If the reaction is a simple electron transfer reaction, the peaks should remain symmetrical at fast scan rates. A peak separation is observed when the scan rate [math]\displaystyle{ \nu \gg RTk^0/F }[/math], where [math]\displaystyle{ k_0 }[/math] is the exchange electron transfer rate constant in Butler Volmer theory. Laviron equation[2],[6],[7] predicts that at fast scan rates, the peaks separate in proportion to [math]\displaystyle{ \log(\nu/k^0) }[/math]. The larger [math]\displaystyle{ \nu }[/math] or the smaller [math]\displaystyle{ k^0 }[/math], the larger the peak separation. The peak potentials are [math]\displaystyle{ E_p=E^0 \pm \frac{RT}{\alpha F} \ln \frac{\alpha F\nu}{k^0RT} }[/math],[2] as shown by lines in fig 2B ([math]\displaystyle{ \alpha }[/math] is the charge transfer coefficient). Examining the experimental change in peak position against scan rate therefore informs on the rate of interfacial electron transfer [math]\displaystyle{ k^0 }[/math].

    Effect of coupled chemical reactions

    Coupled reactions are reactions whose rate or equilibrium constant is not the same for the oxidized and reduced forms of the species that is being investigated. For example, reduction should favour protonation ([math]\displaystyle{ pK_a^{\rm ox}\lt pK_a^{\rm red} }[/math]): the protonation reaction is coupled to the reduction at [math]\displaystyle{ pK_a^{\rm ox}\lt pH\lt pK_a^{\rm red} }[/math]. The binding of a small molecule (other than the proton) may also be coupled to a redox reaction.

    Two cases must be considered depending on whether the coupled reaction is slow or fast (meaning that the time scale of the coupled reaction is larger or smaller than the voltammetric time scale[8] [math]\displaystyle{ \tau = RT/F\nu }[/math]).

    • Fast chemical reactions that are coupled to electron transfer (such as protonation) only affect the apparent values of [math]\displaystyle{ E^0 }[/math] and [math]\displaystyle{ k^0 }[/math],[5] but the peaks remain symmetrical. The dependence of [math]\displaystyle{ E^0 }[/math] on ligand concentration (e.g. the dependence of [math]\displaystyle{ E^0 }[/math] on pH plotted in a Pourbaix diagram) can be interpreted to obtain the dissociation constants (e.g. acidity constants) from the oxidized or reduced forms of the redox species.
    • Asymmetry may result from slow chemical reactions that are coupled to (and gate) the electron transfer. From fast scan voltammetry, information can be gained about the rates of the reactions that are coupled to electron transfer. The case of [math]\displaystyle{ n = 1 }[/math] and [math]\displaystyle{ n = 2 }[/math] reversible surface electrochemical reactions followed by irreversible chemical reactions was addressed by Laviron in refs[4],[9] but the data are usually interpreted using the numerical solution of the appropriate differential equations.[7]

    2. Experiments with Redox Enzymes

    In studies of enzymes, the current results from the catalytic oxydation or reduction of the enzyme's substrate.

    The electroactive coverage of large redox enzymes (such as laccase, hydrogenase etc.) is often too low to detect any signal in the absence of substrate, but the electrochemical signal is amplified by catalysis: indeed, the catalytic current is proportional to turnover rate times electroactive coverage. The effect of varying the electrode potential, the pH or the concentration of substrates and inhibitors etc. can be examined to learn about various steps in the catalytic mechanism.[6]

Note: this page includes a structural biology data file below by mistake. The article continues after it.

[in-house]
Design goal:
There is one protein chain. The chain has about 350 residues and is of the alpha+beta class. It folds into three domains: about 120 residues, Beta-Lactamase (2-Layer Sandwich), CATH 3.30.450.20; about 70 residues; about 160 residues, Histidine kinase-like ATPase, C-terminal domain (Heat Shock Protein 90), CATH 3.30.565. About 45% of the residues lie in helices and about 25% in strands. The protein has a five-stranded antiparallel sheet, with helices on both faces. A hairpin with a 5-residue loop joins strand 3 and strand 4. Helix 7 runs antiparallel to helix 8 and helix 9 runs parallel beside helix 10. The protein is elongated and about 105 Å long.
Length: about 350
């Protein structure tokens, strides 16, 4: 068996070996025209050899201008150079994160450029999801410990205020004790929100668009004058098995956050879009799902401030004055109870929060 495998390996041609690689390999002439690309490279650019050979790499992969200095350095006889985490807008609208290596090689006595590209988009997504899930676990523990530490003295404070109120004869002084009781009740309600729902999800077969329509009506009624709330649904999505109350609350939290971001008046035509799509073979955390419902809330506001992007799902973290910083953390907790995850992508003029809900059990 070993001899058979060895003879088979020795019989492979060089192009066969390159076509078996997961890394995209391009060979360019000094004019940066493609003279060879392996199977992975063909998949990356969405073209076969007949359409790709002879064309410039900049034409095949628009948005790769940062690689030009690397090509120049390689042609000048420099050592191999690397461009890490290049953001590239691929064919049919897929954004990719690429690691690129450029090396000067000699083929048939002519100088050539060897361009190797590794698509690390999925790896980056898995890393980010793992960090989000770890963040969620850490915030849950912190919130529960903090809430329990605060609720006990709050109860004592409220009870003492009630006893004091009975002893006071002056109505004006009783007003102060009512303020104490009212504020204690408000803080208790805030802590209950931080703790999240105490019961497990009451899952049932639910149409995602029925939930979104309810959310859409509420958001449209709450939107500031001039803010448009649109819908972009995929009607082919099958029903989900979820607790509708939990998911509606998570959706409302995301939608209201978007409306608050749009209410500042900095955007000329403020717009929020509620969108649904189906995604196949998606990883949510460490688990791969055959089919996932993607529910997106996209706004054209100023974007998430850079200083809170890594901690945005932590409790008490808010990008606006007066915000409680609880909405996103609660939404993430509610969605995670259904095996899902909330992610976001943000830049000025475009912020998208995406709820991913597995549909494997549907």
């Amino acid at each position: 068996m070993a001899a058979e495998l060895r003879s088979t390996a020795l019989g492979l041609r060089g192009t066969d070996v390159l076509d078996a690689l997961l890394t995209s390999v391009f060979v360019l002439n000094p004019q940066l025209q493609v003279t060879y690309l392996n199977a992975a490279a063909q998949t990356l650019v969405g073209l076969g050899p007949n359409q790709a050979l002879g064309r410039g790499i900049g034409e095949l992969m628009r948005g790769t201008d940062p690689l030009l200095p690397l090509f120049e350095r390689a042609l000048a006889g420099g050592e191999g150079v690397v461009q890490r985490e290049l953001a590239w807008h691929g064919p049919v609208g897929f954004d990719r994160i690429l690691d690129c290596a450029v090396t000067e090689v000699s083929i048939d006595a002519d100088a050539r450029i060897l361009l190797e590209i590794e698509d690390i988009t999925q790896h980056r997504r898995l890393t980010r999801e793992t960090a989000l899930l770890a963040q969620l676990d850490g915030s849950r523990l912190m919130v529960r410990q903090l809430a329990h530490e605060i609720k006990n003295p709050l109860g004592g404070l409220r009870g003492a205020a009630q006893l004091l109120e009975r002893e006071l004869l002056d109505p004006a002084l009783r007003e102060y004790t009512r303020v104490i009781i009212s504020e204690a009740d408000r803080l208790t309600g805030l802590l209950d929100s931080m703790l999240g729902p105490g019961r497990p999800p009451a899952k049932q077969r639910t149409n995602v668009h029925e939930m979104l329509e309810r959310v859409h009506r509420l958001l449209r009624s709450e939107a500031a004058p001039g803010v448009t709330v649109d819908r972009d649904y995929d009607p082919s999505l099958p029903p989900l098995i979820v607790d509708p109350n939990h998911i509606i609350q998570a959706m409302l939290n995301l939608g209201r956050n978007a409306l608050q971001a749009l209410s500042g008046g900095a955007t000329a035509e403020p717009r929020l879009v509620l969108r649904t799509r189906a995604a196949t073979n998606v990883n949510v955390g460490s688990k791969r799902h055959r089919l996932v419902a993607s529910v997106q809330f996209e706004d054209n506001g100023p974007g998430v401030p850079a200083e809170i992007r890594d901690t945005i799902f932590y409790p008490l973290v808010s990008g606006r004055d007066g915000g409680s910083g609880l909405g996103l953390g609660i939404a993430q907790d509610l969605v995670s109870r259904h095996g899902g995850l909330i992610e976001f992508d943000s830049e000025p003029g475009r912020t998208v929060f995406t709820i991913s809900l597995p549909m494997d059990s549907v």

2.1. Interpretation of the Value of the Catalytic Current

    For an enzyme immobilised on an electrode, the value of the current at a certain potential equates [math]\displaystyle{ \pm nFA\Gamma\times {\rm TOF} }[/math], where [math]\displaystyle{ n }[/math] is the number of electrons exchanged in the catalytic reaction, [math]\displaystyle{ A }[/math] is the electrode surface, [math]\displaystyle{ \Gamma }[/math] is the electroactive coverage, and TOF is the turnover frequency (or "turnover number"), that is, the number of substrate molecules transformed per second and per molecule of adsorbed enzyme).The latter can be deduced from the absolute value of the current only on condition that [math]\displaystyle{ A\Gamma }[/math] is known, which is rarely the case. However, information is obtained by analysing the relative change in current that results from changing the experimental conditions.

    The factors that may influence the TOF are (i) the mass transport of substrate towards the electrode where the enzyme is immobilised (diffusion and convection), (ii) the rate of electron transfer between the electrode and the enzyme (interfacial electron transfer), and (iii) the "intrinsic" activity of the enzyme, all of which may depend on electrode potential.

    The enzyme is often immobilized on a rotating disk working electrode (RDE) that is spun quickly to prevent the depletion of the substrate near the electrode. In that case, mass transport of substrate towards the electrode where the enzyme is adsorbed may not be influential.

    Steady-state voltammetric response

    Under very oxidising or very reducing conditions, the steady-state catalytic current sometimes tends to a limiting value (a plateau) which (still provided there is no mass transport limitation) relates to the activity of the fully oxidised or fully reduced enzyme, respectively. If interfacial electron transfer is slow and if there is a distribution of electron transfer rates (resulting from a distribution of orientations of the enzymes molecules on the electrode), the current keeps increasing linearly with potential instead of reaching a plateau; in that case the limiting slope is proportional to the turnover rate of the fully oxidised or fully reduced enzyme.[6]

    The change in steady-state current against potential is often complex (e.g. not merely sigmoidal).[10]

    Departure from steady-state